Systemic Depletion of Tumor-Essential Amino Acids
Altered tumor metabolism need not consist entirely of changes or adaptations that are driven to satisfy the demands of cell growth and proliferation. Instead, metabolic rewiring during tumorigenesis may also result in the development of specific metabolic liabilities that, while likely not selected for nor acting to promote proliferation, still arise as additional dependencies that must be met to maintain cell survival. In particular, several tumor types are auxotrophic for 1 or more amino acids owing to deficiencies in a corresponding endogenous biosynthesis or salvage pathway (101). Consequently, these cells have a particular reliance on the import of a given amino acid(s) from the extracellular serum pool.
Extensive in vitro, in vivo, and clinical evaluations conducted over the past 60 years have established that this type of metabolic liability can be exploited through enzyme-mediated systemic depletion of a circulating “tumor-essential” amino acid, resulting in the selective starvation and death of targeted auxotrophic malignant cells with minimal effect on normal cells (101).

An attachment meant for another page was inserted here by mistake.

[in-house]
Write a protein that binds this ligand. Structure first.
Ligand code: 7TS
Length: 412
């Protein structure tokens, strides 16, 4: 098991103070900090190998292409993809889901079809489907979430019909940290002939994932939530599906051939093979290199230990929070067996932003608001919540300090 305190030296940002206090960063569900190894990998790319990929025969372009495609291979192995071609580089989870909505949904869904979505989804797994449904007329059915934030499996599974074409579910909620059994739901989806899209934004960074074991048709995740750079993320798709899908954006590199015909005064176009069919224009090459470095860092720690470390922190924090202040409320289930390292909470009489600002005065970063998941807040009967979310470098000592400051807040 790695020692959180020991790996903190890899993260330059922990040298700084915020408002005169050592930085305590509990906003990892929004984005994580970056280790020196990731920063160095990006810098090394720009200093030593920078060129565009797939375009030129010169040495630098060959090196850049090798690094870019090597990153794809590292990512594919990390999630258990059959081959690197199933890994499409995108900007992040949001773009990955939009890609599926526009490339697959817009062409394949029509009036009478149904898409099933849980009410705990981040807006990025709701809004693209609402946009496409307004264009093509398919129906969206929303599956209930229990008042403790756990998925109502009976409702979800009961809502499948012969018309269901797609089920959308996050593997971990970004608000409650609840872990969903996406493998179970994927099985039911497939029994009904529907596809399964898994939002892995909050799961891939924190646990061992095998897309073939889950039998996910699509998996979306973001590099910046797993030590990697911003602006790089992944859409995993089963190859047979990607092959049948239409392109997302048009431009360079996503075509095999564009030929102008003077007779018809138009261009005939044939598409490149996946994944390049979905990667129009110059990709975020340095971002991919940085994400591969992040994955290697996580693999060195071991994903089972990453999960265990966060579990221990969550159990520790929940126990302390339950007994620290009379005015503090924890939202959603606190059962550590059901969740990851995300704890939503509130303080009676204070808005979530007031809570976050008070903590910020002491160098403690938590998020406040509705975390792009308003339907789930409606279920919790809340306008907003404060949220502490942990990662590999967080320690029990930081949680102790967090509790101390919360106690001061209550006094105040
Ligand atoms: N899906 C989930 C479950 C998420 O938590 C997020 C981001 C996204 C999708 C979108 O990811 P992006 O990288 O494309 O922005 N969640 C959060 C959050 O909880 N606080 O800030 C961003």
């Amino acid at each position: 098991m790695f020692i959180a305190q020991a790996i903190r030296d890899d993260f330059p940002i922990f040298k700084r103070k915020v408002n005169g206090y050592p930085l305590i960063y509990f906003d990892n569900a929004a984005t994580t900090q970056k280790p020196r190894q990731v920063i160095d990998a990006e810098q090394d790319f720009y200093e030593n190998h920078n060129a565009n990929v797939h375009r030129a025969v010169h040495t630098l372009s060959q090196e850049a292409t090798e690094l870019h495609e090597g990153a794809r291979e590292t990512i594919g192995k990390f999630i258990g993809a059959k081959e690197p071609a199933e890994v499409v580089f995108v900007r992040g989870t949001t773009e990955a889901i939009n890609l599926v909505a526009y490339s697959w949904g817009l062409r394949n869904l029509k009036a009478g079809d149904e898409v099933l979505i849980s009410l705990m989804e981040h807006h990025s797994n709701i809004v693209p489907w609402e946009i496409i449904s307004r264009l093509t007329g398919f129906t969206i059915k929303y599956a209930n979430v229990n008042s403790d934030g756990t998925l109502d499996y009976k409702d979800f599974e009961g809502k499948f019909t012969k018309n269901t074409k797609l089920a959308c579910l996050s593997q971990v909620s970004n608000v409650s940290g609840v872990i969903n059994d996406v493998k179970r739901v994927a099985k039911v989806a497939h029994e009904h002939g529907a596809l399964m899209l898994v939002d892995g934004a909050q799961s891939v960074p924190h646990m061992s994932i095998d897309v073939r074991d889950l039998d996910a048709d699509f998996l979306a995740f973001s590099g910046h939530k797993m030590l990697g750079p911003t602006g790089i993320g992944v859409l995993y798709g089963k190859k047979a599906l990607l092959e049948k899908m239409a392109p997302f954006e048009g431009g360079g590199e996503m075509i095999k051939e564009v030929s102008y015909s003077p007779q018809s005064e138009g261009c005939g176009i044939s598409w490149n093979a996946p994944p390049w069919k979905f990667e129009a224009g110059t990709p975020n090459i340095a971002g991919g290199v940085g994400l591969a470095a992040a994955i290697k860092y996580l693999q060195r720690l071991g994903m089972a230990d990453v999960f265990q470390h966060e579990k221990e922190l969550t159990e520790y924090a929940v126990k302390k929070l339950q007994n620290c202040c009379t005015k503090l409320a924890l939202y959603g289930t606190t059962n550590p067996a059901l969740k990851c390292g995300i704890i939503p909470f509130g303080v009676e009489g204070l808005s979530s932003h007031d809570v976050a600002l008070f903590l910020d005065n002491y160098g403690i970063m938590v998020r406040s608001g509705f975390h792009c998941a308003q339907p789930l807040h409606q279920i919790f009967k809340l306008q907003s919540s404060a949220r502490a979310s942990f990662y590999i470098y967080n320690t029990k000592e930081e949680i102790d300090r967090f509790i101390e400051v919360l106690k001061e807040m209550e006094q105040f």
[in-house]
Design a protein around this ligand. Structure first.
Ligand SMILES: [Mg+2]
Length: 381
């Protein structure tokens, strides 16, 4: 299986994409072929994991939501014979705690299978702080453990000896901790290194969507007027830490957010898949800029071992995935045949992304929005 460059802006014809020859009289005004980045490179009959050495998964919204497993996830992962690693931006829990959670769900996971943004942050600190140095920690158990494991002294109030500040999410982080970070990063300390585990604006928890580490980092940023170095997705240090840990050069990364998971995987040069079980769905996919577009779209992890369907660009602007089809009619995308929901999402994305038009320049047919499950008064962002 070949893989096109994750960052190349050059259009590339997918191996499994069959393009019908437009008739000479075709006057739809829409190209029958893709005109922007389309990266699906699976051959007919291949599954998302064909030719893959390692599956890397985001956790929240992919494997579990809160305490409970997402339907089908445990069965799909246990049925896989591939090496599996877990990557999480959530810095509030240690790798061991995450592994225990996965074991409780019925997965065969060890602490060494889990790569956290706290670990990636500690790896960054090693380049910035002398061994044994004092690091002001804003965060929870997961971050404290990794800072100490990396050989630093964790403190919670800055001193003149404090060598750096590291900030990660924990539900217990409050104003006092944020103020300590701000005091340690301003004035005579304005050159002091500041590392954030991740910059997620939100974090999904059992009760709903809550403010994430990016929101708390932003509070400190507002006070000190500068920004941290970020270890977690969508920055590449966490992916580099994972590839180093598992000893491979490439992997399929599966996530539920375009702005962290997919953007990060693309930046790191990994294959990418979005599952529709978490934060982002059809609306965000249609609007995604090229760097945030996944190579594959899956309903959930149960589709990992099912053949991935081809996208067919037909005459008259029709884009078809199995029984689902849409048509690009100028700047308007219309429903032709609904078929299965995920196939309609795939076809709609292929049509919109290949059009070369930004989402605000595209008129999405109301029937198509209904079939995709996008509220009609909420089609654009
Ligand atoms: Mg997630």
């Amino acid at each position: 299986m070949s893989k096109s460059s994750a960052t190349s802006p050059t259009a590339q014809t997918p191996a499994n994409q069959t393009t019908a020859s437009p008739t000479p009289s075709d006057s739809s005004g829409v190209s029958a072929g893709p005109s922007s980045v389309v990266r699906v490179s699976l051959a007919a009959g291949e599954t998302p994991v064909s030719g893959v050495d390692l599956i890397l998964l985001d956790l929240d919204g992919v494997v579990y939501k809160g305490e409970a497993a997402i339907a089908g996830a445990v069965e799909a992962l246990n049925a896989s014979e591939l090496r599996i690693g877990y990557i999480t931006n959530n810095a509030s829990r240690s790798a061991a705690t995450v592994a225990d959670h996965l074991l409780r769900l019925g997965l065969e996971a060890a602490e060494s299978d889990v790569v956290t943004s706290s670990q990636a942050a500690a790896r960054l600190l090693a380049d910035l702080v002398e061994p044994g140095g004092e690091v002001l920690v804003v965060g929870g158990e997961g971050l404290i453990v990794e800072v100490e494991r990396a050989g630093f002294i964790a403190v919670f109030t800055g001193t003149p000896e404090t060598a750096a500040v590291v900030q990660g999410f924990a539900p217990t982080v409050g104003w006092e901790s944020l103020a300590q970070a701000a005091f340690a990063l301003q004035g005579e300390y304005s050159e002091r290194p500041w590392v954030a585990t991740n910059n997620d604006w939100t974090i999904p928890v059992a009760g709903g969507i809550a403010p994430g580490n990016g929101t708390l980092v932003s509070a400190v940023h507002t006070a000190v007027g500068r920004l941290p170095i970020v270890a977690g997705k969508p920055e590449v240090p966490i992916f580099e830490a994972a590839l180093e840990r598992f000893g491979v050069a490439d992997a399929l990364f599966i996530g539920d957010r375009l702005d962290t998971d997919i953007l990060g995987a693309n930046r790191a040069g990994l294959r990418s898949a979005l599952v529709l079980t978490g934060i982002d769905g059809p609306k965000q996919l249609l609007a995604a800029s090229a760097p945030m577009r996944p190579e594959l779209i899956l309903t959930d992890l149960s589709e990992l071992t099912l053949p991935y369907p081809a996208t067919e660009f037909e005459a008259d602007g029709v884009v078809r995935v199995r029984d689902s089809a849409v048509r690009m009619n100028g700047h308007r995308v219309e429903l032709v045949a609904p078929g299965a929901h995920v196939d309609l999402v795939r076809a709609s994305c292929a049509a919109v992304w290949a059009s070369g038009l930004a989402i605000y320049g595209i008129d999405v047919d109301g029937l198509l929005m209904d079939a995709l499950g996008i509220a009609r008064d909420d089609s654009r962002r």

The most notable example of this strategy in a therapeutic setting is certainly the success of L-asparaginase in the treatment of acute lymphoblastic leukemia (ALL; ref. 102). Whereas normal cells can endogenously synthesize the nonessential amino acid L-asparagine (L-Asn) through the catalytic action of asparagine synthetase (ASNS), certain ALL lymphoblasts lack or express very low levels of ASNS and therefore require uptake of serum L-Asn (103–105). The enzyme L-asparaginase catalyzes the hydrolysis of L-Asn to L-aspartate and ammonia, resulting in depletion of ALL-essential L-Asn from the extracellular pool, which subsequently induces selective apoptosis of the auxotrophic lymphoblasts (106, 107). Although initially evaluated for clinical efficacy as a single agent, Escherichia coli L-asparaginase II (EcAII) has since become a standard component in a combination chemotherapy regimen that now provides a remarkable survival rate in pediatric ALL, but still garners further optimization for the treatment of adult ALL (108, 109). Although EcAII is currently approved for use in the front-line treatment of ALL, other cancer types [e.g., certain adult non-Hodgkin's lymphomas (110) and ovarian carcinomas (111)] have since been shown to have a similar dependence on the uptake of serum L-Asn as well. EcAII can also hydrolyze glutamine, although at efficiencies considerably lower than those observed for L-Asn deamidation (112). However, the clinical implications and utility of EcAII-mediated glutamine degradation remain unclear. Although glutamine depletion could enhance the efficacy of EcAII given the critical role of glutamine as a proliferative fuel, others have suggested that glutamine hydrolysis may instead contribute to clinical toxicities associated with EcAII administration (113).